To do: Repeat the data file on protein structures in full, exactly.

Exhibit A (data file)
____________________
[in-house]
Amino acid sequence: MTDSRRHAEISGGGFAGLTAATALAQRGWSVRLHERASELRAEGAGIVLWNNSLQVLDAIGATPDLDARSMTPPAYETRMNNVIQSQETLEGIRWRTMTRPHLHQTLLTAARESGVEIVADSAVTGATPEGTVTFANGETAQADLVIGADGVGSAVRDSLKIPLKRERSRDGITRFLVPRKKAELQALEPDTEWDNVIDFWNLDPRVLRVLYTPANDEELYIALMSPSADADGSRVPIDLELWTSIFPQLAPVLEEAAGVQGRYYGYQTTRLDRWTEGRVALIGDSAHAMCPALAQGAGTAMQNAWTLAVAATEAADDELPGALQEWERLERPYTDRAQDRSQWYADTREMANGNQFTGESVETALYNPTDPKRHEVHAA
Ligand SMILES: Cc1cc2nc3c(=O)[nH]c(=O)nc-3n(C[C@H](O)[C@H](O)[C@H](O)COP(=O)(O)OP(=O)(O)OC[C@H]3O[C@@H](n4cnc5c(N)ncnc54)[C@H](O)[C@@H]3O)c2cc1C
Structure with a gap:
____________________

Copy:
[in-house]
Amino acid sequence: MTDSRRHAEISGGGFAGLTAATALAQRGWSVRLHERASELRAEGAGIVLWNNSLQVLDAIGATPDLDARSMTPPAYETRMNNVIQSQETLEGIRWRTMTRPHLHQTLLTAARESGVEIVADSAVTGATPEGTVTFANGETAQADLVIGADGVGSAVRDSLKIPLKRERSRDGITRFLVPRKKAELQALEPDTEWDNVIDFWNLDPRVLRVLYTPANDEELYIALMSPSADADGSRVPIDLELWTSIFPQLAPVLEEAAGVQGRYYGYQTTRLDRWTEGRVALIGDSAHAMCPALAQGAGTAMQNAWTLAVAATEAADDELPGALQEWERLERPYTDRAQDRSQWYADTREMANGNQFTGESVETALYNPTDPKRHEVHAA
Ligand SMILES: Cc1cc2nc3c(=O)[nH]c(=O)nc-3n(C[C@H](O)[C@H](O)[C@H](O)COP(=O)(O)OP(=O)(O)OC[C@H]3O[C@@H](n4cnc5c(N)ncnc54)[C@H](O)[C@@H]3O)c2cc1C
Structure with a gap: